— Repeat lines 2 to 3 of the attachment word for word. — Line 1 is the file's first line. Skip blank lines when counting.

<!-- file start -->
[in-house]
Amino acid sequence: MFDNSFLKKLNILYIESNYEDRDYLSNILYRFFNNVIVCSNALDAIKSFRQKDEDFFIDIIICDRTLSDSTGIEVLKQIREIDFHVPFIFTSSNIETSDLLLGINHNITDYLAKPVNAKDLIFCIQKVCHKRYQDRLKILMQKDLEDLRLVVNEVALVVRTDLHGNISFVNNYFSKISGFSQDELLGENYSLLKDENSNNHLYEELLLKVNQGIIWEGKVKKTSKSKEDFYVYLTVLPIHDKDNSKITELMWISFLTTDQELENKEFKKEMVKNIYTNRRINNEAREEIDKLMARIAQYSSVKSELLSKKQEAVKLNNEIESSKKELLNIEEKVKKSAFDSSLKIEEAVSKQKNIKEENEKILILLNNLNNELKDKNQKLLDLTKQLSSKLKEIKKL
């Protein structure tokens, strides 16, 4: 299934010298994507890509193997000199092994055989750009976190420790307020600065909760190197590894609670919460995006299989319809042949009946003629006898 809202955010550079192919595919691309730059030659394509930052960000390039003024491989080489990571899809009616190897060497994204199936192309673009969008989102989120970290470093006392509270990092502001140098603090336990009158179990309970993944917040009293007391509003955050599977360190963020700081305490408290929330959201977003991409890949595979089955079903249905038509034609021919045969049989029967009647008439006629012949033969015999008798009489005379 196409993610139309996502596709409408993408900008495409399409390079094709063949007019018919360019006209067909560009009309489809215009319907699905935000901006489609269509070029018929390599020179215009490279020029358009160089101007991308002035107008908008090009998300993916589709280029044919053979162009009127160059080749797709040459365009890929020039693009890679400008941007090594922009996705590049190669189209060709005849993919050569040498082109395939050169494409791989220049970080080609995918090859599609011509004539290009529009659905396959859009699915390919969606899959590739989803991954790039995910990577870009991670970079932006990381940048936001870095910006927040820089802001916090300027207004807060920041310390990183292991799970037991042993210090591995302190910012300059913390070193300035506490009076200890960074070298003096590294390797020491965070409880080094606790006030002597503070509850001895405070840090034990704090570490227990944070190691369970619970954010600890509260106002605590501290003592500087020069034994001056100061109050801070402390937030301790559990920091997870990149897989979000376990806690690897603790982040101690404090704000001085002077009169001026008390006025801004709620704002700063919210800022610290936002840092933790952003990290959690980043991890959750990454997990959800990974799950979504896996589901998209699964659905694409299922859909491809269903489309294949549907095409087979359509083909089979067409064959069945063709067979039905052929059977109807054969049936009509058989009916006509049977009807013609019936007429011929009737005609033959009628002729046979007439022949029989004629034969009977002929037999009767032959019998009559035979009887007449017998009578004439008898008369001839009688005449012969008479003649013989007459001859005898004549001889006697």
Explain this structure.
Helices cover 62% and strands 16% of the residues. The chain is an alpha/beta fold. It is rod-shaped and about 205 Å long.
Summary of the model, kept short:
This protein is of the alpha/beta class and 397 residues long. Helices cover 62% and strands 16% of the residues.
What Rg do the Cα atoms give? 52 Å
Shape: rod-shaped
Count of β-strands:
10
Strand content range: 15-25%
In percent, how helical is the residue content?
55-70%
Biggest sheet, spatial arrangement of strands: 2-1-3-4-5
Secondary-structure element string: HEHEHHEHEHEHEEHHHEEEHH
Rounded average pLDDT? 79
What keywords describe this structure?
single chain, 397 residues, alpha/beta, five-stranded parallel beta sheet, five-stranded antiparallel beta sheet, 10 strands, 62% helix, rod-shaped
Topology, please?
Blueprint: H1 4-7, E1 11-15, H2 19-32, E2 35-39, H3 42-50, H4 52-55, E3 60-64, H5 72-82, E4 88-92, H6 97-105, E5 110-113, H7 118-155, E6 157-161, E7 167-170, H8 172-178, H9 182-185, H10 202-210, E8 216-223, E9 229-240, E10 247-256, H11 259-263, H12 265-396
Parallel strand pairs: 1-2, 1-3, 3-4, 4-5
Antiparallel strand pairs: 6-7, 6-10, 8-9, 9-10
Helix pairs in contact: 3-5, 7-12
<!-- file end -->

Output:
Amino acid sequence: MFDNSFLKKLNILYIESNYEDRDYLSNILYRFFNNVIVCSNALDAIKSFRQKDEDFFIDIIICDRTLSDSTGIEVLKQIREIDFHVPFIFTSSNIETSDLLLGINHNITDYLAKPVNAKDLIFCIQKVCHKRYQDRLKILMQKDLEDLRLVVNEVALVVRTDLHGNISFVNNYFSKISGFSQDELLGENYSLLKDENSNNHLYEELLLKVNQGIIWEGKVKKTSKSKEDFYVYLTVLPIHDKDNSKITELMWISFLTTDQELENKEFKKEMVKNIYTNRRINNEAREEIDKLMARIAQYSSVKSELLSKKQEAVKLNNEIESSKKELLNIEEKVKKSAFDSSLKIEEAVSKQKNIKEENEKILILLNNLNNELKDKNQKLLDLTKQLSSKLKEIKKL
């Protein structure tokens, strides 16, 4: 299934010298994507890509193997000199092994055989750009976190420790307020600065909760190197590894609670919460995006299989319809042949009946003629006898 809202955010550079192919595919691309730059030659394509930052960000390039003024491989080489990571899809009616190897060497994204199936192309673009969008989102989120970290470093006392509270990092502001140098603090336990009158179990309970993944917040009293007391509003955050599977360190963020700081305490408290929330959201977003991409890949595979089955079903249905038509034609021919045969049989029967009647008439006629012949033969015999008798009489005379 196409993610139309996502596709409408993408900008495409399409390079094709063949007019018919360019006209067909560009009309489809215009319907699905935000901006489609269509070029018929390599020179215009490279020029358009160089101007991308002035107008908008090009998300993916589709280029044919053979162009009127160059080749797709040459365009890929020039693009890679400008941007090594922009996705590049190669189209060709005849993919050569040498082109395939050169494409791989220049970080080609995918090859599609011509004539290009529009659905396959859009699915390919969606899959590739989803991954790039995910990577870009991670970079932006990381940048936001870095910006927040820089802001916090300027207004807060920041310390990183292991799970037991042993210090591995302190910012300059913390070193300035506490009076200890960074070298003096590294390797020491965070409880080094606790006030002597503070509850001895405070840090034990704090570490227990944070190691369970619970954010600890509260106002605590501290003592500087020069034994001056100061109050801070402390937030301790559990920091997870990149897989979000376990806690690897603790982040101690404090704000001085002077009169001026008390006025801004709620704002700063919210800022610290936002840092933790952003990290959690980043991890959750990454997990959800990974799950979504896996589901998209699964659905694409299922859909491809269903489309294949549907095409087979359509083909089979067409064959069945063709067979039905052929059977109807054969049936009509058989009916006509049977009807013609019936007429011929009737005609033959009628002729046979007439022949029989004629034969009977002929037999009767032959019998009559035979009887007449017998009578004439008898008369001839009688005449012969008479003649013989007459001859005898004549001889006697």